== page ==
Crash Prevention: MIT Wants Airline Black Box Data

Black Box Flying

An award-winning professor at MIT is working to develop a system to spot accident trends in airline flying before the accident happens. MIT’s John Hansman along with colleagues at MIT and in Spain are working on a data analysis detection tool that uses cluster analysis, which is a form of data mining that breaks flights down into series of common patterns and then looks for anomalies in those patterns. Once those outliers are flagged, analysts can further study the data to see if the unusual data is of any real concern.

In a limited form, such analysis is already in use, through Flight Operations Quality Assurance (FOQA) programs in which certain airlines participate. Through FOQA, the airlines gather data, generally mechanical position and performance data, to spot potential problems so they can be prevented before they cause an accident.

MIT’s plan goes beyond that, as it encompasses many more parameters than the 88 that the airlines monitor through FOQA.

Testing was done on Boeing 777s being flown by an international operator, says MIT, that is out of business. While you’d think that the testing, which took place over the course of a month on more than 300 flights, would have yielded few results, you’d be wrong. Analysis found one pilot who regularly took off with reduced thrust and identified one landing in which the airplane’s flaps were misconfigured, requiring more power than normal and resulting in a too-low approach.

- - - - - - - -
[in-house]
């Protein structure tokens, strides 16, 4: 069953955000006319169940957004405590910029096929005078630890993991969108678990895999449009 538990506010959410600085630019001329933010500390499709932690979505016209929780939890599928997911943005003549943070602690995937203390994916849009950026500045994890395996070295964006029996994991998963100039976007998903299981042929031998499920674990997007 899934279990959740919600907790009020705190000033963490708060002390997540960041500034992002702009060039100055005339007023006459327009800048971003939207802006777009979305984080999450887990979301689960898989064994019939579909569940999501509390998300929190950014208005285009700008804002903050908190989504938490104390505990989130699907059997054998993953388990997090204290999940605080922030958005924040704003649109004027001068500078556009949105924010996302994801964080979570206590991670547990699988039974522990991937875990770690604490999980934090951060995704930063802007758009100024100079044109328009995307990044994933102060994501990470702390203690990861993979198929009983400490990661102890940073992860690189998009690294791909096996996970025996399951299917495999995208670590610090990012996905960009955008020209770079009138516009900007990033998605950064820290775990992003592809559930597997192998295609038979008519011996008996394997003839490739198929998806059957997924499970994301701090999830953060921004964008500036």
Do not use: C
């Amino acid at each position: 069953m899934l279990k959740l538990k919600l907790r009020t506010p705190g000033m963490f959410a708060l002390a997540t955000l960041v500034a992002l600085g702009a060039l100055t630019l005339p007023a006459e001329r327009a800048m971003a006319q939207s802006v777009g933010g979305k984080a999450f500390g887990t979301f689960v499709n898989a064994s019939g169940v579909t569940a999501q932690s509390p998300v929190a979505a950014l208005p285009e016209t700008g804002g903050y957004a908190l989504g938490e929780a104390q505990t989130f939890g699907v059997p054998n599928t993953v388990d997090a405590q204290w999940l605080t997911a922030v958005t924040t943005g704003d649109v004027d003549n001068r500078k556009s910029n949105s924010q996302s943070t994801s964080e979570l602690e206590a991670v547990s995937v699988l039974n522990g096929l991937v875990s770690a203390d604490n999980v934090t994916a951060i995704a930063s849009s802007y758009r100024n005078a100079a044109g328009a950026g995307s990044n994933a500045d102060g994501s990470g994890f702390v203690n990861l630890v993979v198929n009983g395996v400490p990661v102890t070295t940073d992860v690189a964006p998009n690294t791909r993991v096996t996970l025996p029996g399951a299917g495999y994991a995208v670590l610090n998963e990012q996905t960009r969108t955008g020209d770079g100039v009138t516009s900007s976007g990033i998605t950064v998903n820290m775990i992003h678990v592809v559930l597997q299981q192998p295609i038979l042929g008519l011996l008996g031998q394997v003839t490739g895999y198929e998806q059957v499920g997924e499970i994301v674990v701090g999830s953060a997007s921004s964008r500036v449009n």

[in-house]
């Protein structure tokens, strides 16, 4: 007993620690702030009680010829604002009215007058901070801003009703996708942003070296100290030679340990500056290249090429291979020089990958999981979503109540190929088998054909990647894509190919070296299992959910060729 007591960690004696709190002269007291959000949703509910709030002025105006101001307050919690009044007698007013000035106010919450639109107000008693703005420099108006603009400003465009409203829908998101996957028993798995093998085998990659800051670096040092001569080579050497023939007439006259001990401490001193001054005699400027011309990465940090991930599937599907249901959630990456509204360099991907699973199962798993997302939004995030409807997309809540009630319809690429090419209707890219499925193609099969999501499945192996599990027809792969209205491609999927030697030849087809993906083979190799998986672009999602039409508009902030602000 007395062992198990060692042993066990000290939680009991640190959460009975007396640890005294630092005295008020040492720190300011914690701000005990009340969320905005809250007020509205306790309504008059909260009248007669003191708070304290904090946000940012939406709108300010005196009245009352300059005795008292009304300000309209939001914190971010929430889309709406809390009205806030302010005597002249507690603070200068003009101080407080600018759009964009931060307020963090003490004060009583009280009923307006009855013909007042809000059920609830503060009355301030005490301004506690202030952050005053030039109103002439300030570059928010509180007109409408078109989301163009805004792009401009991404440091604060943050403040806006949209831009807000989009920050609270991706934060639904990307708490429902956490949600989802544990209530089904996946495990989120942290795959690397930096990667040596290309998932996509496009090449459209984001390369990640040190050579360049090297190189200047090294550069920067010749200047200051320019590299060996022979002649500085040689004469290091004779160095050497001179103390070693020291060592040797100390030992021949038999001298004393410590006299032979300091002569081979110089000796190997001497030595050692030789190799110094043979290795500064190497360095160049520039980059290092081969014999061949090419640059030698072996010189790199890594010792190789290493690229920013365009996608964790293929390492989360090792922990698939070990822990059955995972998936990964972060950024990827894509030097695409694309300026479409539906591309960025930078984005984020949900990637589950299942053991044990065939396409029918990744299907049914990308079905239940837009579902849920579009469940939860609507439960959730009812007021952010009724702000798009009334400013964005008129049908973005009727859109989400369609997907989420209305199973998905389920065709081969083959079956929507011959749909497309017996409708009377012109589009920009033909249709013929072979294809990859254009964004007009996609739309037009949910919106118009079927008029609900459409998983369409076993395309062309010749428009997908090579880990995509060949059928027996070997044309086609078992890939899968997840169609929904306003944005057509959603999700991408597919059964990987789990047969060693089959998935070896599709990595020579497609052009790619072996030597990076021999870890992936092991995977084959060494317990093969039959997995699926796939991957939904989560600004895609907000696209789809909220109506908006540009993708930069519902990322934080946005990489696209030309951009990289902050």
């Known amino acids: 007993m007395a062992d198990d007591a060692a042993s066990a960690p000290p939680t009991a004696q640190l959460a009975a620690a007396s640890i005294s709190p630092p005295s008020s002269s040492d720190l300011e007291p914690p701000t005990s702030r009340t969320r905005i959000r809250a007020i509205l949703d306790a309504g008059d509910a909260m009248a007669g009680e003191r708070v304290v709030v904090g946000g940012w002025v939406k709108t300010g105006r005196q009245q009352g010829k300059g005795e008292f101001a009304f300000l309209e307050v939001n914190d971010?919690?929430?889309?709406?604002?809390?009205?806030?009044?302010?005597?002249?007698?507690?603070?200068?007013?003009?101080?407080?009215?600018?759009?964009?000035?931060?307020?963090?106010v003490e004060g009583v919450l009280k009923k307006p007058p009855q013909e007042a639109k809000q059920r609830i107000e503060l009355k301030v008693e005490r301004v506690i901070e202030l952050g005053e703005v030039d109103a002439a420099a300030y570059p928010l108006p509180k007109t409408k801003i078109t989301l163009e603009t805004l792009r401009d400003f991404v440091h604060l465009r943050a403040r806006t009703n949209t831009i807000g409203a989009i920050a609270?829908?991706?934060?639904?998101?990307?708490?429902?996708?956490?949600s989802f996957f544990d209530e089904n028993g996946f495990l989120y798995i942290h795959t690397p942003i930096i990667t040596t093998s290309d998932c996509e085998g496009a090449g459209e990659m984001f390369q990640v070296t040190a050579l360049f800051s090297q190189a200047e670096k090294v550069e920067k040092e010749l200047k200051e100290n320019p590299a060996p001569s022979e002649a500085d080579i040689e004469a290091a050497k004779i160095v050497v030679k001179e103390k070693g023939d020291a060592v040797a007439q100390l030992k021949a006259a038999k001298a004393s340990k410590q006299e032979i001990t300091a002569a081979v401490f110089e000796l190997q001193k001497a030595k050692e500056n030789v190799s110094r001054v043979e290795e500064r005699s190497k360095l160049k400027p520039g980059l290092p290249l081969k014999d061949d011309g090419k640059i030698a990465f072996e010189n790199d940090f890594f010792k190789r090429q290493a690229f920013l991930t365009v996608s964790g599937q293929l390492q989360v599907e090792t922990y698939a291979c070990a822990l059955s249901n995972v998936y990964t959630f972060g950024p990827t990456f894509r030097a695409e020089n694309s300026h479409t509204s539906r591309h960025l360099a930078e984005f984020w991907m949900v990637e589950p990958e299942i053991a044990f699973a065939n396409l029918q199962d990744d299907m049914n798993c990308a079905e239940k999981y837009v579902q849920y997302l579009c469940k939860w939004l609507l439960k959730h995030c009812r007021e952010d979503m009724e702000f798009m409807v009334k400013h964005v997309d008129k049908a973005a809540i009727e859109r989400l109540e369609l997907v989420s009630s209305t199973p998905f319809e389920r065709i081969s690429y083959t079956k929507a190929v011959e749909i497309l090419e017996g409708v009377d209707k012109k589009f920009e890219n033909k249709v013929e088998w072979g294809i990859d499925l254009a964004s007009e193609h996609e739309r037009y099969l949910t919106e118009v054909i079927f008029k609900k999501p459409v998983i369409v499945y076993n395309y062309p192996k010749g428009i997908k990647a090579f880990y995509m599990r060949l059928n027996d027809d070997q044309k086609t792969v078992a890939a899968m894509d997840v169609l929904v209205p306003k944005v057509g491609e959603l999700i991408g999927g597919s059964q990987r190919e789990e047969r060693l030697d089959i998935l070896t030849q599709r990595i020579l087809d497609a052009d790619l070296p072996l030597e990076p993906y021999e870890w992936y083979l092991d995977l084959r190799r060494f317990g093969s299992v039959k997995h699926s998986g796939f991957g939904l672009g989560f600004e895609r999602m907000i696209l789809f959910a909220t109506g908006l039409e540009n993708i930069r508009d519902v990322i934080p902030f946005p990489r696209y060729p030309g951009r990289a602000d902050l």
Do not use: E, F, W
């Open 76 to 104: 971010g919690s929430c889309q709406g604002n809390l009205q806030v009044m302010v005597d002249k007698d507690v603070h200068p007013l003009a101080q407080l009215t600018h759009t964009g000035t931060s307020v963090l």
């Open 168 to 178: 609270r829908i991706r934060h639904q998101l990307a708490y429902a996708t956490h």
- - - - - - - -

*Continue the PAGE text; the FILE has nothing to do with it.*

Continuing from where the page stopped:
Hansman is working with several airlines to get access to more data to test, though he says that the process can be very tricky, as union agreements regulate the dissemination of flight data. Still, he is confident that accommodations can be reached that will allow his team to do further analysis toward a model that will help reduce accidents in a day and age when airline mishaps are rare and increasingly difficult to spot ahead of time.


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